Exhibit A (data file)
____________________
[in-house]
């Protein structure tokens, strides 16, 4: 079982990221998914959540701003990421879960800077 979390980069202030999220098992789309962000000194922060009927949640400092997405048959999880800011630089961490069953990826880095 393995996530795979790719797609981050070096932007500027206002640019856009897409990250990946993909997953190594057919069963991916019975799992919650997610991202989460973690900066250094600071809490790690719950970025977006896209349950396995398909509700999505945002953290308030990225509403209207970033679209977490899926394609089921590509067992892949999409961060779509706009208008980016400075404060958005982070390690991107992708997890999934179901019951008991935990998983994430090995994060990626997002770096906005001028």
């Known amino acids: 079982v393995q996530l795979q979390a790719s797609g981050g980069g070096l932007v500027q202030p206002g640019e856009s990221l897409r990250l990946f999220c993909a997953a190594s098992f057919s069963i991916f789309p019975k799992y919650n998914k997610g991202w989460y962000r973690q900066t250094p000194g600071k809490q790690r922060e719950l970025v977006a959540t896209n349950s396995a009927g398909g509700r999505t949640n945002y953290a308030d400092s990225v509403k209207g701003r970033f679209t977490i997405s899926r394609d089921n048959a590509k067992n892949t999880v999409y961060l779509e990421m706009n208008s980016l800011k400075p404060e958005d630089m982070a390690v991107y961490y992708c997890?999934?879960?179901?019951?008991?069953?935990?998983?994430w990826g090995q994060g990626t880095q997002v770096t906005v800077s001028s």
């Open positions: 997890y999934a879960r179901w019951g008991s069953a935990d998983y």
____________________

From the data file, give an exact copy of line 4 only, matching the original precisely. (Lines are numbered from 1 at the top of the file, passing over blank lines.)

């Open positions: 997890y999934a879960r179901w019951g008991s069953a935990d998983y």